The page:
Some Balk at Giuliani Role In Sept. 11 Ceremony
Each year since Sept. 11, 2001, Rudolph W. Giuliani has spoken at New York City’s commemorations of the attacks. At past ceremonies he has read off the names of some of the dead, given readings by Lincoln and Churchill, and recited poetry.
This year Giuliani is no longer just the former mayor who led New York in the wake of the attacks, but a leading candidate for the Republican presidential nomination. So when the city announced that Giuliani would speak next month at the sixth anniversary of the attacks, some relatives of people who died on Sept. 11 said they were dismayed, some because they feared his presence might inject politics into the event and others because they had been critical of him in the past.
“I think it’s disgraceful that he’s going to be there,” said James Riches, a deputy fire chief who lost his son Jimmy in the attacks, and who said that he faulted Giuliani as not giving firefighters the proper equipment before or after the attacks. “It’s a photo-op for him.”
Anthony V. Carbonetti, a senior adviser to the Giuliani campaign, said that Giuliani was invited to attend the ceremony by the administration of current mayor Michael R. Bloomberg and that he would do so, as he has every year.
“This is something that is not unusual,” Carbonetti said. “He’s down there to pay his respects. He did, I did, we all did lose many friends, and as mayor he not only lost personal friends, he lost people who put their lives in harm’s way for his city. It’s his duty to be down there.”
NBC Buys International TV Channels
NBC Universal announced Tuesday the acquisition of a group of international cable television channels owned by Sparrowhawk Holdings of London, a deal that Jeff Zucker, the president and chief executive of NBC, said was the first sign of a strategic shift at the company.
“We want to transfer our portfolio into high-growth businesses and look to move away from businesses that are slower growth,” Zucker said in a telephone interview. “We are going to acquire and dispose and, at the end of the day, self-fund all of these moves.”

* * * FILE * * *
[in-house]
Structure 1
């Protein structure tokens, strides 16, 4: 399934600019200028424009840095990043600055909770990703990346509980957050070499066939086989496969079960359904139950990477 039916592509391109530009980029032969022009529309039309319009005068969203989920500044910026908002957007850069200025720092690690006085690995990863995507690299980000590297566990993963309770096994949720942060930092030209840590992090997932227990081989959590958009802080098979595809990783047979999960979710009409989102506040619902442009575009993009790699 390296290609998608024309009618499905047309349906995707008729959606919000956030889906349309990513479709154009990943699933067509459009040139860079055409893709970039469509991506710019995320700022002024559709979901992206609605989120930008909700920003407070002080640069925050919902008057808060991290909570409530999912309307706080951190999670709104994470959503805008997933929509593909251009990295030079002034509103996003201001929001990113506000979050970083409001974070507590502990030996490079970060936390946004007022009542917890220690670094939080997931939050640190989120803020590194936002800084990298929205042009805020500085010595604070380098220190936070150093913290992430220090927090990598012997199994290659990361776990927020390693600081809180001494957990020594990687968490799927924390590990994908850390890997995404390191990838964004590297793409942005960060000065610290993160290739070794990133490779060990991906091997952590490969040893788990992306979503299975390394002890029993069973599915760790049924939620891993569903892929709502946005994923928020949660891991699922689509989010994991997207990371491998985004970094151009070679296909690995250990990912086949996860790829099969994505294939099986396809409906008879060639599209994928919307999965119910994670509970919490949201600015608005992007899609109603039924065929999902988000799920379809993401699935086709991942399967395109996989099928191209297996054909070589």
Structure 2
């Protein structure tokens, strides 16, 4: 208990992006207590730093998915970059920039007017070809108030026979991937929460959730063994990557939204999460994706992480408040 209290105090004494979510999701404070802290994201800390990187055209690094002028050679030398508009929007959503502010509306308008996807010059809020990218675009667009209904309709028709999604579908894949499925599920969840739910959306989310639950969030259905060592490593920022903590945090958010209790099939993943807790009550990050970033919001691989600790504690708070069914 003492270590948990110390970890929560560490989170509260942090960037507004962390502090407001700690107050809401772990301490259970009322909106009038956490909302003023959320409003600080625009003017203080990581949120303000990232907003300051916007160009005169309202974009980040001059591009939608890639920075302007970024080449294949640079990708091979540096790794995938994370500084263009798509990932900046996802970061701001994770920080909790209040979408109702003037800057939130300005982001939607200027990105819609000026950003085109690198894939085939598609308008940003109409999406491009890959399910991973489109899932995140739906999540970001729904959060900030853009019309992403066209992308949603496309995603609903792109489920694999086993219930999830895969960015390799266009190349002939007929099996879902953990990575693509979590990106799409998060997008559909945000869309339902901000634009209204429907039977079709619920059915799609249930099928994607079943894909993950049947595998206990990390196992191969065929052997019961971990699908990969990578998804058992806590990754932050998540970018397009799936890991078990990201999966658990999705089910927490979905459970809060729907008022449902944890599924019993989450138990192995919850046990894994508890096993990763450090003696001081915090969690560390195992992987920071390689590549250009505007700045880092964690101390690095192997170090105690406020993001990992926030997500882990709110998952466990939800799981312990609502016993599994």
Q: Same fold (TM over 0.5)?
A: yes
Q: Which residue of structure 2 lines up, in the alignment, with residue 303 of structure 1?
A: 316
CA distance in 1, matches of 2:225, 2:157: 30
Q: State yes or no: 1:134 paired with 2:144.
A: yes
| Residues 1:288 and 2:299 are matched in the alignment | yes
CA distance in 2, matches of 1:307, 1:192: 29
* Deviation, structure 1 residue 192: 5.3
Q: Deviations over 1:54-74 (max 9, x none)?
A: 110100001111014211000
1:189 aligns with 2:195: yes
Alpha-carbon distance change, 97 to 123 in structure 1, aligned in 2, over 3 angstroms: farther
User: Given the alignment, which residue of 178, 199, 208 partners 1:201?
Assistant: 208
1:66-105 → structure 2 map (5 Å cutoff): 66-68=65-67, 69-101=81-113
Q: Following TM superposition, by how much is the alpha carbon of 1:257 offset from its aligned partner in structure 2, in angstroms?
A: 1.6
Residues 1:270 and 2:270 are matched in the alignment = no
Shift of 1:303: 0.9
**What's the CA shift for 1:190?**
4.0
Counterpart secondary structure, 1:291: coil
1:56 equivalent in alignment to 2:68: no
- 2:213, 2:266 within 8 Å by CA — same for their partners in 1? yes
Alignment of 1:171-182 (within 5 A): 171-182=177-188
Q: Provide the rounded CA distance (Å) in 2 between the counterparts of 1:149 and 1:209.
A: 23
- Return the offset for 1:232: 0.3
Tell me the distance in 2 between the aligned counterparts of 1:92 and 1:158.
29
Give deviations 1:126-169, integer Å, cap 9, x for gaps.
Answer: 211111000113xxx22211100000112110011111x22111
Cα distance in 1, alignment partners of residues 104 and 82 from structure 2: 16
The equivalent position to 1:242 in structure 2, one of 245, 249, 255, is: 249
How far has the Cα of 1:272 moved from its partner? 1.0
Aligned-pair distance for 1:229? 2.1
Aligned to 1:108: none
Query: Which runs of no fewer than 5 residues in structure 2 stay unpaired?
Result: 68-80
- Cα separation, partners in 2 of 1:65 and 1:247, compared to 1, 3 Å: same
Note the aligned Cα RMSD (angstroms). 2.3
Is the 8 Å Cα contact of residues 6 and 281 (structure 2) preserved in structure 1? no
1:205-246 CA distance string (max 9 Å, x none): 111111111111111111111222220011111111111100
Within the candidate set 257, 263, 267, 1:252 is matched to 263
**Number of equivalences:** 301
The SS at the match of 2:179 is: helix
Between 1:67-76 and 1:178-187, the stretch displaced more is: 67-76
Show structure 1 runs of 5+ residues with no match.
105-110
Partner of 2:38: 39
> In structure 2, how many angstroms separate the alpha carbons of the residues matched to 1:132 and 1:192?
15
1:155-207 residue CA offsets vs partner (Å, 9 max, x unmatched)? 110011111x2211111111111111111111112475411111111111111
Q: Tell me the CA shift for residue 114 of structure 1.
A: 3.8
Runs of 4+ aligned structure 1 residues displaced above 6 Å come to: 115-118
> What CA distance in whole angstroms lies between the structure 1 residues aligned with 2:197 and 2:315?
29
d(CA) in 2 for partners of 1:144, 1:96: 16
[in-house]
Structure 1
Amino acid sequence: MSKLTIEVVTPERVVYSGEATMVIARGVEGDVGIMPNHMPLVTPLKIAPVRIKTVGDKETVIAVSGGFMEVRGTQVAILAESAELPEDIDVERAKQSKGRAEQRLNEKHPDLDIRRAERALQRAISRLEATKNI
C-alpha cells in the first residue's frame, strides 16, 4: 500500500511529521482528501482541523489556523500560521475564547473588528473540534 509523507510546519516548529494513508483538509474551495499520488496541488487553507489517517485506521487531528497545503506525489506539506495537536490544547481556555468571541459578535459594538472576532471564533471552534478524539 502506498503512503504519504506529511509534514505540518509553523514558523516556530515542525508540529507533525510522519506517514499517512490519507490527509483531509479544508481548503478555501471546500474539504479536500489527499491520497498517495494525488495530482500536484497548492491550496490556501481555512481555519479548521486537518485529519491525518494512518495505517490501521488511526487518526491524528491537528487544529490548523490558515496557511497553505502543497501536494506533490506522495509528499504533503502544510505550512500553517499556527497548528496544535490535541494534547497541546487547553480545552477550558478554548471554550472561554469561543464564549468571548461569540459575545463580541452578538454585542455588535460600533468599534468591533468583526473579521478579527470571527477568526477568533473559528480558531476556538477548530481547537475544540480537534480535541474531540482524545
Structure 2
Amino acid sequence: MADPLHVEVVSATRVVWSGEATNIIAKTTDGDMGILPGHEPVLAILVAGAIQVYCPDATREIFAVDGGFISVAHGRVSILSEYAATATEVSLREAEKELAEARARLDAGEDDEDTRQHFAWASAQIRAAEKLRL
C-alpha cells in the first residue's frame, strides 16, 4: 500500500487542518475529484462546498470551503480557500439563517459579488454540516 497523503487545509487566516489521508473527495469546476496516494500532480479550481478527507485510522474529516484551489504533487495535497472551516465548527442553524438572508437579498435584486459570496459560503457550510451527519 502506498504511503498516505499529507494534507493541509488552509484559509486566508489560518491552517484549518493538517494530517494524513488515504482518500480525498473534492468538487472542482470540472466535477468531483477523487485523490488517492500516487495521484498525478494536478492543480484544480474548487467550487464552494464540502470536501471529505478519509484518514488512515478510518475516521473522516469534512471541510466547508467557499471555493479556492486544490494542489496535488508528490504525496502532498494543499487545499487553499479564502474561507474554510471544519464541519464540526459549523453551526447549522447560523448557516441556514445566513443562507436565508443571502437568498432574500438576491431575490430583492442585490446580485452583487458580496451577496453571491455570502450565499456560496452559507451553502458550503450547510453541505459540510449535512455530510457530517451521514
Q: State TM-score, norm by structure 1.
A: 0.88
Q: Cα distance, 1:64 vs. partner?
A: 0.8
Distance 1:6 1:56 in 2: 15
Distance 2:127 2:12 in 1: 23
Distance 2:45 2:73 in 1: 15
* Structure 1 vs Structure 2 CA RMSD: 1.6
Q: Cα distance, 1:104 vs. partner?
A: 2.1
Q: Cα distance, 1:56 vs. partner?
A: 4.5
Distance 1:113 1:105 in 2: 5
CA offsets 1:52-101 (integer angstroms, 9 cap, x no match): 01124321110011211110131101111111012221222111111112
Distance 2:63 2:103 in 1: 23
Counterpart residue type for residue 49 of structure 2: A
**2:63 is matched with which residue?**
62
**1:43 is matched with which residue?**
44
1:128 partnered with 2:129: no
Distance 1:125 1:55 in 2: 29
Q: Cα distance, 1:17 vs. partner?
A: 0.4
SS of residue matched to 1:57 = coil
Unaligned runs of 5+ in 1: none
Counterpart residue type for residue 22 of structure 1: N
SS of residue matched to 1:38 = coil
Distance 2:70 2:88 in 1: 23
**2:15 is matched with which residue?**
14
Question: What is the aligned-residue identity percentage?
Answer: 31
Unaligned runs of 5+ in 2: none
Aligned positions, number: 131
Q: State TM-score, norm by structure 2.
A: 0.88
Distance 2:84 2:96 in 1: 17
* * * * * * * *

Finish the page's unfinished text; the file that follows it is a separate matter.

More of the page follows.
Zucker did not specify which parts of NBC Universal he intended to shed, and NBC executives emphasized that the portfolio reshuffling was viewed as a long-term project.
He also declined to name any potential acquisition targets. But NBC Universal has been among several media companies, including Viacom, at the center of speculation as potential bidders emerge for the Oxygen cable channel, which caters to an audience of women.
The Sparrowhawk deal — for a group of about 30 pay-television channels, including 18 versions of the Hallmark channel outside the United States — is the first that NBC Universal has closed since Zucker took the top post in February, and is consistent with his stated intention to expand the international holdings of NBC Universal.
After Stumbling, Mattel Cracks Down in China
The alarm bell went off for Mattel just as it was preparing to announce that it would recall 1.5 million Chinese-made toys tainted with lead paint.
Surrounded by boxes of Barbie dolls, Hot Wheels cars and other sample toys, Tom Debrowski, Mattel’s executive vice president for worldwide operations, was leading a tense early morning trans-Pacific telephone conference with his team in Hong Kong, where it was 9 p.m. At the time, recalled Debrowski, Mattel thought it was dealing with at most “a single failure, from a single vendor who made a big mistake.”
But in the middle of the meeting on July 30, Mattel learned otherwise.
“I’ve got bad news,” interrupted David Lewis, senior vice president for Asian operations, who had just taken a call from the company’s safety lab in Shenzhen, China, where toys made by outside companies are tested. “We’ve had another failure. It was one of the toys in the Pixar cars.”
That was the moment that threw Mattel into turmoil, forcing the company — long considered one of the more successful Western manufacturers in China — to recognize that it had more of a systemic problem than simply an isolated case of one bad paint supplier.
Shorter Wait For Botox Treatments Than Cancer Screening
Patients seeking an appointment with a dermatologist to ask about a potentially cancerous mole have to wait substantially longer than those seeking Botox for wrinkles, a study published online on Tuesday by The Journal of the American Academy of Dermatology said.
Researchers reported that dermatologists in several cities offered a typical wait of eight days for a cosmetic patient wanting Botox to smooth wrinkles, compared with a typical wait of 26 days for a patient requesting evaluation of a changing mole, a possible indicator of skin cancer.
“The difference in wait times between medical dermatology and cosmetic dermatology patients is clearly real,” said Dr. Jack S. Resneck Jr., the lead author of the study and an assistant professor of dermatology at the medical school of the University of California, San Francisco. “We need to look further and figure out what is leading to shorter wait times for cosmetic patients.”
In Boston, the median Botox wait was 13 days, versus 68 days for a mole examination. In Seattle, the median Botox wait was seven and a half days, compared with 35 days for a changing mole.
The study, in which a researcher posing as a patient called every board-certified dermatologist in the cities being studied, did not examine the possible causes for the varying times.